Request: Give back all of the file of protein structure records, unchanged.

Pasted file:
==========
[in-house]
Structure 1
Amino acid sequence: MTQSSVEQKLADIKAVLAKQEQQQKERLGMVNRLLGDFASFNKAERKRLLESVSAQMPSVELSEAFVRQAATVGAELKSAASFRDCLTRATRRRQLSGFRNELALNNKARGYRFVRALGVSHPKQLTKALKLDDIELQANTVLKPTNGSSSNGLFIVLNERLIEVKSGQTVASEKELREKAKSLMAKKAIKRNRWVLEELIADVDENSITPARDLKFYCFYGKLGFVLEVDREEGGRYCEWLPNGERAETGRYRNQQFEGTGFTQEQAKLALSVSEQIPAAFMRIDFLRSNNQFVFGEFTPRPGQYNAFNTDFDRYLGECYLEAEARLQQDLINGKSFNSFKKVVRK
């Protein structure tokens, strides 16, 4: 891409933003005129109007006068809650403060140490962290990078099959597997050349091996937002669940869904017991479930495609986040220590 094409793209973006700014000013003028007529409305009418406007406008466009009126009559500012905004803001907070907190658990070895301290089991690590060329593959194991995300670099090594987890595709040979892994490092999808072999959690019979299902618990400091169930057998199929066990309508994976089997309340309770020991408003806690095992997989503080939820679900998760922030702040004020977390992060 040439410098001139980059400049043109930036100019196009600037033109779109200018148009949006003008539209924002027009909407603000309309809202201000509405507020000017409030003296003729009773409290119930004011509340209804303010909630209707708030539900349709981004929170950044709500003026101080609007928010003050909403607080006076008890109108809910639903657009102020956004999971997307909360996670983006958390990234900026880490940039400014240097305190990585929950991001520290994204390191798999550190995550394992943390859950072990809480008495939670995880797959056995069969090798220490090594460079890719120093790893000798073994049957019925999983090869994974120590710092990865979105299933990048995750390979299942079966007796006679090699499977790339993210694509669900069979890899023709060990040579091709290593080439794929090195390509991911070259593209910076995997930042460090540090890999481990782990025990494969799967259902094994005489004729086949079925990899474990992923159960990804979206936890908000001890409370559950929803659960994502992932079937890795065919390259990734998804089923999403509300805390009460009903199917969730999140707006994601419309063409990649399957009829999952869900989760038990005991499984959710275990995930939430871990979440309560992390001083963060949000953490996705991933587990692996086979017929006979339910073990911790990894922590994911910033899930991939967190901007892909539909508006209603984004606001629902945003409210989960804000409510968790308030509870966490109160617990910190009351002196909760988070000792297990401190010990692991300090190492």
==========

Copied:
[in-house]
Structure 1
Amino acid sequence: MTQSSVEQKLADIKAVLAKQEQQQKERLGMVNRLLGDFASFNKAERKRLLESVSAQMPSVELSEAFVRQAATVGAELKSAASFRDCLTRATRRRQLSGFRNELALNNKARGYRFVRALGVSHPKQLTKALKLDDIELQANTVLKPTNGSSSNGLFIVLNERLIEVKSGQTVASEKELREKAKSLMAKKAIKRNRWVLEELIADVDENSITPARDLKFYCFYGKLGFVLEVDREEGGRYCEWLPNGERAETGRYRNQQFEGTGFTQEQAKLALSVSEQIPAAFMRIDFLRSNNQFVFGEFTPRPGQYNAFNTDFDRYLGECYLEAEARLQQDLINGKSFNSFKKVVRK
């Protein structure tokens, strides 16, 4: 891409933003005129109007006068809650403060140490962290990078099959597997050349091996937002669940869904017991479930495609986040220590 094409793209973006700014000013003028007529409305009418406007406008466009009126009559500012905004803001907070907190658990070895301290089991690590060329593959194991995300670099090594987890595709040979892994490092999808072999959690019979299902618990400091169930057998199929066990309508994976089997309340309770020991408003806690095992997989503080939820679900998760922030702040004020977390992060 040439410098001139980059400049043109930036100019196009600037033109779109200018148009949006003008539209924002027009909407603000309309809202201000509405507020000017409030003296003729009773409290119930004011509340209804303010909630209707708030539900349709981004929170950044709500003026101080609007928010003050909403607080006076008890109108809910639903657009102020956004999971997307909360996670983006958390990234900026880490940039400014240097305190990585929950991001520290994204390191798999550190995550394992943390859950072990809480008495939670995880797959056995069969090798220490090594460079890719120093790893000798073994049957019925999983090869994974120590710092990865979105299933990048995750390979299942079966007796006679090699499977790339993210694509669900069979890899023709060990040579091709290593080439794929090195390509991911070259593209910076995997930042460090540090890999481990782990025990494969799967259902094994005489004729086949079925990899474990992923159960990804979206936890908000001890409370559950929803659960994502992932079937890795065919390259990734998804089923999403509300805390009460009903199917969730999140707006994601419309063409990649399957009829999952869900989760038990005991499984959710275990995930939430871990979440309560992390001083963060949000953490996705991933587990692996086979017929006979339910073990911790990894922590994911910033899930991939967190901007892909539909508006209603984004606001629902945003409210989960804000409510968790308030509870966490109160617990910190009351002196909760988070000792297990401190010990692991300090190492």